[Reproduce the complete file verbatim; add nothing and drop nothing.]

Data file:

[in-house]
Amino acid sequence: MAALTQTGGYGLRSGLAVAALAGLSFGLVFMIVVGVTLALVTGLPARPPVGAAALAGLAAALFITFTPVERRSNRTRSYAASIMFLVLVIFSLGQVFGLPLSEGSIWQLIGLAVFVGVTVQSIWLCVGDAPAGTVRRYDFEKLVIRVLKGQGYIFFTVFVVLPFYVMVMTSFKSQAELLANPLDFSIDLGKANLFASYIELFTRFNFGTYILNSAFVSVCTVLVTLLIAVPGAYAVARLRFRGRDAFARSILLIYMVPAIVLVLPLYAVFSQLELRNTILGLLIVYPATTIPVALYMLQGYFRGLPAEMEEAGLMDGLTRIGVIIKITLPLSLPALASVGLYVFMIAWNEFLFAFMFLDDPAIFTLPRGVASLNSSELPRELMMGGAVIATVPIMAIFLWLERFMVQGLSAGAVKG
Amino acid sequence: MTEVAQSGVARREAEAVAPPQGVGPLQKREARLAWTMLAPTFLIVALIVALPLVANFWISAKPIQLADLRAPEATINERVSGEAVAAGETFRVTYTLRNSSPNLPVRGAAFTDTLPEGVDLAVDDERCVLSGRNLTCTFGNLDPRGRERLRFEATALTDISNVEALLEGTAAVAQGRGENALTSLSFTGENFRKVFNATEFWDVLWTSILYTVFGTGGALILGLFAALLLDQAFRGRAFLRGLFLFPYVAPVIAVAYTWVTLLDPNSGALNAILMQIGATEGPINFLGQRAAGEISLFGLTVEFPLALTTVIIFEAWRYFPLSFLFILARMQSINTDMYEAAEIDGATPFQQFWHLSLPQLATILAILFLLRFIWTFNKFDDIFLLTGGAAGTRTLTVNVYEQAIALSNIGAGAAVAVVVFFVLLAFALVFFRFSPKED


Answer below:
[in-house]
Amino acid sequence: MAALTQTGGYGLRSGLAVAALAGLSFGLVFMIVVGVTLALVTGLPARPPVGAAALAGLAAALFITFTPVERRSNRTRSYAASIMFLVLVIFSLGQVFGLPLSEGSIWQLIGLAVFVGVTVQSIWLCVGDAPAGTVRRYDFEKLVIRVLKGQGYIFFTVFVVLPFYVMVMTSFKSQAELLANPLDFSIDLGKANLFASYIELFTRFNFGTYILNSAFVSVCTVLVTLLIAVPGAYAVARLRFRGRDAFARSILLIYMVPAIVLVLPLYAVFSQLELRNTILGLLIVYPATTIPVALYMLQGYFRGLPAEMEEAGLMDGLTRIGVIIKITLPLSLPALASVGLYVFMIAWNEFLFAFMFLDDPAIFTLPRGVASLNSSELPRELMMGGAVIATVPIMAIFLWLERFMVQGLSAGAVKG
Amino acid sequence: MTEVAQSGVARREAEAVAPPQGVGPLQKREARLAWTMLAPTFLIVALIVALPLVANFWISAKPIQLADLRAPEATINERVSGEAVAAGETFRVTYTLRNSSPNLPVRGAAFTDTLPEGVDLAVDDERCVLSGRNLTCTFGNLDPRGRERLRFEATALTDISNVEALLEGTAAVAQGRGENALTSLSFTGENFRKVFNATEFWDVLWTSILYTVFGTGGALILGLFAALLLDQAFRGRAFLRGLFLFPYVAPVIAVAYTWVTLLDPNSGALNAILMQIGATEGPINFLGQRAAGEISLFGLTVEFPLALTTVIIFEAWRYFPLSFLFILARMQSINTDMYEAAEIDGATPFQQFWHLSLPQLATILAILFLLRFIWTFNKFDDIFLLTGGAAGTRTLTVNVYEQAIALSNIGAGAAVAVVVFFVLLAFALVFFRFSPKED